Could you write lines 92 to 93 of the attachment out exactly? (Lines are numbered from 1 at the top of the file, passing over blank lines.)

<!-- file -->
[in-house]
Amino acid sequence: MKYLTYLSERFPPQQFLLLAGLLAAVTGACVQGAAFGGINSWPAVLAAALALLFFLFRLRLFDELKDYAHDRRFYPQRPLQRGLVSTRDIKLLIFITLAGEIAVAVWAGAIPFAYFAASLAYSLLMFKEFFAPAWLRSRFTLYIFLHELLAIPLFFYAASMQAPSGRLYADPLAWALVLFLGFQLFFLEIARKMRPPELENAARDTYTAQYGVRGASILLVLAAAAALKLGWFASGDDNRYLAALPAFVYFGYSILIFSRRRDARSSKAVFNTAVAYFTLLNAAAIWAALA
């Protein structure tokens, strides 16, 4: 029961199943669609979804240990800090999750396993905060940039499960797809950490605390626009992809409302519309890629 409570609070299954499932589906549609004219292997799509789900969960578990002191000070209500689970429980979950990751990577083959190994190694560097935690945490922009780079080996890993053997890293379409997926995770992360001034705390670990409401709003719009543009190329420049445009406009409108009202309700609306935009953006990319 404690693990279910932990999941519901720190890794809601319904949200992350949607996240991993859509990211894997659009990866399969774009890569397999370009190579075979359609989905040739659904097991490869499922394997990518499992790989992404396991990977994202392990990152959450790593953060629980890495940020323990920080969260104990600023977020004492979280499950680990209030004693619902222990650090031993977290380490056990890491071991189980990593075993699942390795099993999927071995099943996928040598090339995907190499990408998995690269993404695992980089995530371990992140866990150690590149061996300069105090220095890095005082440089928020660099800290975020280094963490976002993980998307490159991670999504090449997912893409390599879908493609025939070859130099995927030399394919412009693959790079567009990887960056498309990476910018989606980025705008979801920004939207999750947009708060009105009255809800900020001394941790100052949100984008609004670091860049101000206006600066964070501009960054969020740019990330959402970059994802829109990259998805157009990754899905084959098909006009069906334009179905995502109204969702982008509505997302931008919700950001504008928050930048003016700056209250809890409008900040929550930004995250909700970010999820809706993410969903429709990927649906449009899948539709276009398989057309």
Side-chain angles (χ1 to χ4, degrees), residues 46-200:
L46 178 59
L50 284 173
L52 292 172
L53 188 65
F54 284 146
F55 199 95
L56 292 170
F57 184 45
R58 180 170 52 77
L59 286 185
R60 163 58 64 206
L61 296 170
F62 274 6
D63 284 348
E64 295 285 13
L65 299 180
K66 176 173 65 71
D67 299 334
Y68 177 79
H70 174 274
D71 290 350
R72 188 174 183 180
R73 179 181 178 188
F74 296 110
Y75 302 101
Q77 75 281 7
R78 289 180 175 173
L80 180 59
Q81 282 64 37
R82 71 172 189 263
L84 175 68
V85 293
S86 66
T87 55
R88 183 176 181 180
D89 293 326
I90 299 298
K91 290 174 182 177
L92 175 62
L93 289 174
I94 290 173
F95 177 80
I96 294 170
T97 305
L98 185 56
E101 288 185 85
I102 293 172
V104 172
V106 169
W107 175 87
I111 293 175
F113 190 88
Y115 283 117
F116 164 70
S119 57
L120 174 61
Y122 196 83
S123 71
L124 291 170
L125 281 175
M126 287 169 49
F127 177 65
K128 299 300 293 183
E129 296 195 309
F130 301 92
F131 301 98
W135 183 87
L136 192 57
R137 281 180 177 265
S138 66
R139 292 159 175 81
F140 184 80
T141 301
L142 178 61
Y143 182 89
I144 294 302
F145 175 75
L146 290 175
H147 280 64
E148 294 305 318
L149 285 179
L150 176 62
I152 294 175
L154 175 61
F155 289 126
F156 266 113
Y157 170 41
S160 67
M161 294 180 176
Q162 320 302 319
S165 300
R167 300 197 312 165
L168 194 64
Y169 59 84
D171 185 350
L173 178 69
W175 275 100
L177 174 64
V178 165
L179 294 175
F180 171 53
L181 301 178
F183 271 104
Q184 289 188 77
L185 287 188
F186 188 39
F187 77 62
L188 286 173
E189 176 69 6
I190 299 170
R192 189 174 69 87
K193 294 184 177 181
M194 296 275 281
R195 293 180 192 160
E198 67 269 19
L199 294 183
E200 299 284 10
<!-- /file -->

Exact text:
S160 67
M161 294 180 176